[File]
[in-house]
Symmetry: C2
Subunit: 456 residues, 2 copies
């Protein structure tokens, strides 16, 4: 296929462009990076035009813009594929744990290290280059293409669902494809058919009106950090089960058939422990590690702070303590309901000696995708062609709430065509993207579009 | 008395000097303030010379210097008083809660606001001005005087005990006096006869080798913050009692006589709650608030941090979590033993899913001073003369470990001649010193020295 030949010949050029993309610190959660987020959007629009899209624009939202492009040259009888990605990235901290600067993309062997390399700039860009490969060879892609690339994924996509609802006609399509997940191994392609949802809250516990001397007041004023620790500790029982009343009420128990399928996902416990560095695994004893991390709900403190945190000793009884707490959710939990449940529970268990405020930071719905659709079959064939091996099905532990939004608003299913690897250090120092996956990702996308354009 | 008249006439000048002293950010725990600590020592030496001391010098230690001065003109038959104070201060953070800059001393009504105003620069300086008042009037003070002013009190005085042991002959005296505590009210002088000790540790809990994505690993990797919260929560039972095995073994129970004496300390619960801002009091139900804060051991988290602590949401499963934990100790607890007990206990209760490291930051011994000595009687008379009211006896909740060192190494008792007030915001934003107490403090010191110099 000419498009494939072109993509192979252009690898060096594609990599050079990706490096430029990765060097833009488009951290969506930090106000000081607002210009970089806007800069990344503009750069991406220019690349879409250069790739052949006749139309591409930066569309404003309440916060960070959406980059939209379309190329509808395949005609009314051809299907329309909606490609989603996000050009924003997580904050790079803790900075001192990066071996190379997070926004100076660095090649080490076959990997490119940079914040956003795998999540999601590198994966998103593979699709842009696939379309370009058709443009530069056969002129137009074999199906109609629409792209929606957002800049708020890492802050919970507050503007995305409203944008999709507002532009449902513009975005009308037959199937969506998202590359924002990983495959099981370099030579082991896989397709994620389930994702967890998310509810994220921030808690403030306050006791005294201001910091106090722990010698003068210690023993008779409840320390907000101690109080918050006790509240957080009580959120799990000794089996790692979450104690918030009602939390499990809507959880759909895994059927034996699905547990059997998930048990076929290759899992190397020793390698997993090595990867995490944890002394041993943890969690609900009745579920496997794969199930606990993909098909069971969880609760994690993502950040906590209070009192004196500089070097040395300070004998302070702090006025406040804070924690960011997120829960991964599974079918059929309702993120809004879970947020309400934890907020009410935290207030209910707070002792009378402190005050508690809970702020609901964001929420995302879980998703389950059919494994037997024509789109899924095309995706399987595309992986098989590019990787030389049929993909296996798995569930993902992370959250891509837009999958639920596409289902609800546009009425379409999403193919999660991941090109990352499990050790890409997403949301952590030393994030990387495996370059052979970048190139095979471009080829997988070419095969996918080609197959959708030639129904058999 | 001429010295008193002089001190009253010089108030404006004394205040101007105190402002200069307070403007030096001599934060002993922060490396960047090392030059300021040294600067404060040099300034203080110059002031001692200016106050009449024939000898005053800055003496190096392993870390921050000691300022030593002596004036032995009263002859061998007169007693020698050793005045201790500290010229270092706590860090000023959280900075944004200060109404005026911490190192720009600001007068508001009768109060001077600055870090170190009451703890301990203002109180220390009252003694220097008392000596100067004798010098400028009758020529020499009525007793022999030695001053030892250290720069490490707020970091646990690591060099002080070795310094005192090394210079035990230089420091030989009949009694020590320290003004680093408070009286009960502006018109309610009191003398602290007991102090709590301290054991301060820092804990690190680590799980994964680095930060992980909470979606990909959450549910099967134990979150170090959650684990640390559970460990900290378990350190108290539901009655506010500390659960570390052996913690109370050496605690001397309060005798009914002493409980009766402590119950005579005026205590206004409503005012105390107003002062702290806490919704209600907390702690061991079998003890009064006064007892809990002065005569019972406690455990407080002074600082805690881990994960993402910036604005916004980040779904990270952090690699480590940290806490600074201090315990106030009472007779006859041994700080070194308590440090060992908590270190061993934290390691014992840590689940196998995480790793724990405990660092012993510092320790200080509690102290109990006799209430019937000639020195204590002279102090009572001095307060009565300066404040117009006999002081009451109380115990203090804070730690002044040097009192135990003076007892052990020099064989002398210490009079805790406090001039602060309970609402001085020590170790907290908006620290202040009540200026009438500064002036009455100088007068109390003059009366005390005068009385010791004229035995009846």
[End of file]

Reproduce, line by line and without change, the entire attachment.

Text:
[in-house]
Symmetry: C2
Subunit: 456 residues, 2 copies
């Protein structure tokens, strides 16, 4: 296929462009990076035009813009594929744990290290280059293409669902494809058919009106950090089960058939422990590690702070303590309901000696995708062609709430065509993207579009 | 008395000097303030010379210097008083809660606001001005005087005990006096006869080798913050009692006589709650608030941090979590033993899913001073003369470990001649010193020295 030949010949050029993309610190959660987020959007629009899209624009939202492009040259009888990605990235901290600067993309062997390399700039860009490969060879892609690339994924996509609802006609399509997940191994392609949802809250516990001397007041004023620790500790029982009343009420128990399928996902416990560095695994004893991390709900403190945190000793009884707490959710939990449940529970268990405020930071719905659709079959064939091996099905532990939004608003299913690897250090120092996956990702996308354009 | 008249006439000048002293950010725990600590020592030496001391010098230690001065003109038959104070201060953070800059001393009504105003620069300086008042009037003070002013009190005085042991002959005296505590009210002088000790540790809990994505690993990797919260929560039972095995073994129970004496300390619960801002009091139900804060051991988290602590949401499963934990100790607890007990206990209760490291930051011994000595009687008379009211006896909740060192190494008792007030915001934003107490403090010191110099 000419498009494939072109993509192979252009690898060096594609990599050079990706490096430029990765060097833009488009951290969506930090106000000081607002210009970089806007800069990344503009750069991406220019690349879409250069790739052949006749139309591409930066569309404003309440916060960070959406980059939209379309190329509808395949005609009314051809299907329309909606490609989603996000050009924003997580904050790079803790900075001192990066071996190379997070926004100076660095090649080490076959990997490119940079914040956003795998999540999601590198994966998103593979699709842009696939379309370009058709443009530069056969002129137009074999199906109609629409792209929606957002800049708020890492802050919970507050503007995305409203944008999709507002532009449902513009975005009308037959199937969506998202590359924002990983495959099981370099030579082991896989397709994620389930994702967890998310509810994220921030808690403030306050006791005294201001910091106090722990010698003068210690023993008779409840320390907000101690109080918050006790509240957080009580959120799990000794089996790692979450104690918030009602939390499990809507959880759909895994059927034996699905547990059997998930048990076929290759899992190397020793390698997993090595990867995490944890002394041993943890969690609900009745579920496997794969199930606990993909098909069971969880609760994690993502950040906590209070009192004196500089070097040395300070004998302070702090006025406040804070924690960011997120829960991964599974079918059929309702993120809004879970947020309400934890907020009410935290207030209910707070002792009378402190005050508690809970702020609901964001929420995302879980998703389950059919494994037997024509789109899924095309995706399987595309992986098989590019990787030389049929993909296996798995569930993902992370959250891509837009999958639920596409289902609800546009009425379409999403193919999660991941090109990352499990050790890409997403949301952590030393994030990387495996370059052979970048190139095979471009080829997988070419095969996918080609197959959708030639129904058999 | 001429010295008193002089001190009253010089108030404006004394205040101007105190402002200069307070403007030096001599934060002993922060490396960047090392030059300021040294600067404060040099300034203080110059002031001692200016106050009449024939000898005053800055003496190096392993870390921050000691300022030593002596004036032995009263002859061998007169007693020698050793005045201790500290010229270092706590860090000023959280900075944004200060109404005026911490190192720009600001007068508001009768109060001077600055870090170190009451703890301990203002109180220390009252003694220097008392000596100067004798010098400028009758020529020499009525007793022999030695001053030892250290720069490490707020970091646990690591060099002080070795310094005192090394210079035990230089420091030989009949009694020590320290003004680093408070009286009960502006018109309610009191003398602290007991102090709590301290054991301060820092804990690190680590799980994964680095930060992980909470979606990909959450549910099967134990979150170090959650684990640390559970460990900290378990350190108290539901009655506010500390659960570390052996913690109370050496605690001397309060005798009914002493409980009766402590119950005579005026205590206004409503005012105390107003002062702290806490919704209600907390702690061991079998003890009064006064007892809990002065005569019972406690455990407080002074600082805690881990994960993402910036604005916004980040779904990270952090690699480590940290806490600074201090315990106030009472007779006859041994700080070194308590440090060992908590270190061993934290390691014992840590689940196998995480790793724990405990660092012993510092320790200080509690102290109990006799209430019937000639020195204590002279102090009572001095307060009565300066404040117009006999002081009451109380115990203090804070730690002044040097009192135990003076007892052990020099064989002398210490009079805790406090001039602060309970609402001085020590170790907290908006620290202040009540200026009438500064002036009455100088007068109390003059009366005390005068009385010791004229035995009846």